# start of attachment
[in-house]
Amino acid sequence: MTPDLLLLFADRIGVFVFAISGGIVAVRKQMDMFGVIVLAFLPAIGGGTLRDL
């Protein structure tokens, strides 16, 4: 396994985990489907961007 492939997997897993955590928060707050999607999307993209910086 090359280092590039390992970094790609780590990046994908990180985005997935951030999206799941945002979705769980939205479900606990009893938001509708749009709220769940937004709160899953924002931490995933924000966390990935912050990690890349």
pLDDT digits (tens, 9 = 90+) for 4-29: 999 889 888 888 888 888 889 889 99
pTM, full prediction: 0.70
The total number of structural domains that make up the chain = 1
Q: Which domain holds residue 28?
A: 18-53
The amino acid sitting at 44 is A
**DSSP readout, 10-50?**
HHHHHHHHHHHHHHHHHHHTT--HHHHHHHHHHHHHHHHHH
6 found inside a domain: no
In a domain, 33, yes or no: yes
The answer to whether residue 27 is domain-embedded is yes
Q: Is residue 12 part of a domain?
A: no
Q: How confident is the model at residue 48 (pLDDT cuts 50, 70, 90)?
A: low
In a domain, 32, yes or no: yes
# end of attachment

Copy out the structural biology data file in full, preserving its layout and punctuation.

[in-house]
Amino acid sequence: MTPDLLLLFADRIGVFVFAISGGIVAVRKQMDMFGVIVLAFLPAIGGGTLRDL
């Protein structure tokens, strides 16, 4: 396994985990489907961007 492939997997897993955590928060707050999607999307993209910086 090359280092590039390992970094790609780590990046994908990180985005997935951030999206799941945002979705769980939205479900606990009893938001509708749009709220769940937004709160899953924002931490995933924000966390990935912050990690890349």
pLDDT digits (tens, 9 = 90+) for 4-29: 999 889 888 888 888 888 889 889 99
pTM, full prediction: 0.70
The total number of structural domains that make up the chain = 1
Q: Which domain holds residue 28?
A: 18-53
The amino acid sitting at 44 is A
**DSSP readout, 10-50?**
HHHHHHHHHHHHHHHHHHHTT--HHHHHHHHHHHHHHHHHH
6 found inside a domain: no
In a domain, 33, yes or no: yes
The answer to whether residue 27 is domain-embedded is yes
Q: Is residue 12 part of a domain?
A: no
Q: How confident is the model at residue 48 (pLDDT cuts 50, 70, 90)?
A: low
In a domain, 32, yes or no: yes